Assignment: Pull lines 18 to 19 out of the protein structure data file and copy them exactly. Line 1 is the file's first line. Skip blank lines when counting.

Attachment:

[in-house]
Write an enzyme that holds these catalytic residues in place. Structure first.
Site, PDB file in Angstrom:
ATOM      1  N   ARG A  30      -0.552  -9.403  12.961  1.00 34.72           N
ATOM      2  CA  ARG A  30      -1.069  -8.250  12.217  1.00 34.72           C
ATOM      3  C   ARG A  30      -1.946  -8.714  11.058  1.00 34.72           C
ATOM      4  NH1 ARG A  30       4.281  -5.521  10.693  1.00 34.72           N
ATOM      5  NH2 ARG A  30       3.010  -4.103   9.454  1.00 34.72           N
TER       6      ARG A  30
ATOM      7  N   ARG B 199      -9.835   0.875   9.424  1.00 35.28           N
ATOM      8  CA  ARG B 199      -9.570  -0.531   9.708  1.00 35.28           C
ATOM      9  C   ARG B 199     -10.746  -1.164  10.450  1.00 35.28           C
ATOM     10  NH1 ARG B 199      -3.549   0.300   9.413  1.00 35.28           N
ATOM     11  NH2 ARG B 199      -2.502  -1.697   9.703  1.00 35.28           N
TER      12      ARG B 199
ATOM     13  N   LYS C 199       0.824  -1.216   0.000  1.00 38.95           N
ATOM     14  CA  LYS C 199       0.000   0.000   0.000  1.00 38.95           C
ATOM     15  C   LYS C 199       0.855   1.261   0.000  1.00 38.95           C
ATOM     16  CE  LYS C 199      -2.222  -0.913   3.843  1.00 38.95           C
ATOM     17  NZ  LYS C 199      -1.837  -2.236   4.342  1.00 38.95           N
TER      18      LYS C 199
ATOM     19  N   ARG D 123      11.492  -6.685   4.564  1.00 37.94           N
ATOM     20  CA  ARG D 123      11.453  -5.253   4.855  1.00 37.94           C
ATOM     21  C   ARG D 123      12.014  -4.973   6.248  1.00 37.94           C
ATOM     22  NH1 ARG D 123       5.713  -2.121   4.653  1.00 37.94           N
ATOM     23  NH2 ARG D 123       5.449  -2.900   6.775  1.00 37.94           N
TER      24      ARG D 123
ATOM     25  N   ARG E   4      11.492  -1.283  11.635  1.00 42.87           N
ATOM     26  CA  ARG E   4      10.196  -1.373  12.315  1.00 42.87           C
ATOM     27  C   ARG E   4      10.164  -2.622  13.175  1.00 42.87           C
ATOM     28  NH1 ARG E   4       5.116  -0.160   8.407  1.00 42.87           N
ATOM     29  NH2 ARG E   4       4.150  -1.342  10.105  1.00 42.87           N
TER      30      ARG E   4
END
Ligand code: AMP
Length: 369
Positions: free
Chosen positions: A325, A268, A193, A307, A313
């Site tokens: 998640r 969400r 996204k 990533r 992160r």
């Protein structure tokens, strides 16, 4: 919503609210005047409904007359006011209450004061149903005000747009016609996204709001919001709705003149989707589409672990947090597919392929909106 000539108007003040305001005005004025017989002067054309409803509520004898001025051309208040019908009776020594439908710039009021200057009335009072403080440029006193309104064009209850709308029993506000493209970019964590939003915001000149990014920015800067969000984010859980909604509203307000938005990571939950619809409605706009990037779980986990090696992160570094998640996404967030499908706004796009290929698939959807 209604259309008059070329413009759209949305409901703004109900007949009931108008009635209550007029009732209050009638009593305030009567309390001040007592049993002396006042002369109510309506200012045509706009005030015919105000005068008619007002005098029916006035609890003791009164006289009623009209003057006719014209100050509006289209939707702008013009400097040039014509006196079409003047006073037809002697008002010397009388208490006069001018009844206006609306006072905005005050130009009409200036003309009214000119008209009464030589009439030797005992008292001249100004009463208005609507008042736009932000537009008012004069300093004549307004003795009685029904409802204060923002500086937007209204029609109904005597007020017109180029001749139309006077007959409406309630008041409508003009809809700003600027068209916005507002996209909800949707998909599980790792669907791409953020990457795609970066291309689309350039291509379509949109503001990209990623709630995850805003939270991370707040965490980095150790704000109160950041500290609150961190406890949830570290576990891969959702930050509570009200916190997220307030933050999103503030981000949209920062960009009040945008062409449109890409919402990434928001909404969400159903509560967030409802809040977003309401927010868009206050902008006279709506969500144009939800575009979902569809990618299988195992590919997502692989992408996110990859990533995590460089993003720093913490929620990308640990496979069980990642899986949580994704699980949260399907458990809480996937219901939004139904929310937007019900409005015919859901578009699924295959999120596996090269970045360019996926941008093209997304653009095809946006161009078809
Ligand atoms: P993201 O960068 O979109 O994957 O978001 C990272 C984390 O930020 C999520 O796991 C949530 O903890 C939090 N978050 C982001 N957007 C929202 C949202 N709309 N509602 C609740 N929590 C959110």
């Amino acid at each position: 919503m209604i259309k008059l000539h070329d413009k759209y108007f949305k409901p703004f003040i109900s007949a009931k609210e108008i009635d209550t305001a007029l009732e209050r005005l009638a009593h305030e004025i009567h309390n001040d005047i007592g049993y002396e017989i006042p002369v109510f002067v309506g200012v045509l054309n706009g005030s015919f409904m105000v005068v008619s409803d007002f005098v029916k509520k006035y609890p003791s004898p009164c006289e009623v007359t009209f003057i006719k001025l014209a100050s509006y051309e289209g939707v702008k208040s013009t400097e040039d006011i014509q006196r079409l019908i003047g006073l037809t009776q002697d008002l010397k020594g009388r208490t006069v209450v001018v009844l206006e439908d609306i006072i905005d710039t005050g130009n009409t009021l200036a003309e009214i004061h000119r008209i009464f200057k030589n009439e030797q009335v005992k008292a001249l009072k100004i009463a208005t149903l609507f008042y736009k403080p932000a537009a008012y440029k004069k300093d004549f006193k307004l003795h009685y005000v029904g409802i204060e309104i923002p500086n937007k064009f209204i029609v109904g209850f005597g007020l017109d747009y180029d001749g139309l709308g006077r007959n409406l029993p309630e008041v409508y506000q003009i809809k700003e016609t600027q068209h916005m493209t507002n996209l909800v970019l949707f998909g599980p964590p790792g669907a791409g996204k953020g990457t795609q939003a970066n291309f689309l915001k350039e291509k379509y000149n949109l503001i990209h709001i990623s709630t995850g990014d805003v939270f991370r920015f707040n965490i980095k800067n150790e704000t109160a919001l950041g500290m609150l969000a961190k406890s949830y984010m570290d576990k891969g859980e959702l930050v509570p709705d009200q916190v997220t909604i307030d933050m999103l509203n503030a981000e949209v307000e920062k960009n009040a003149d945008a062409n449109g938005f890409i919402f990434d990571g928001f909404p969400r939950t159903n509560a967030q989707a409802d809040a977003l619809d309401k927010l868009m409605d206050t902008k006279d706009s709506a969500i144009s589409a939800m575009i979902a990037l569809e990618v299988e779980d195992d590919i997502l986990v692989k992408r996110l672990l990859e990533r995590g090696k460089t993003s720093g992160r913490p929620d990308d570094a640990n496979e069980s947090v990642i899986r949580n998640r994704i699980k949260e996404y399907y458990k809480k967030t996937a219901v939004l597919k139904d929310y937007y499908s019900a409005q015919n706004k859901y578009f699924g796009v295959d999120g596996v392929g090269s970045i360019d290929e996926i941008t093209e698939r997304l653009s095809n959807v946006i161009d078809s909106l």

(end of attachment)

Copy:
ATOM     15  C   LYS C 199       0.855   1.261   0.000  1.00 38.95           C
ATOM     16  CE  LYS C 199      -2.222  -0.913   3.843  1.00 38.95           C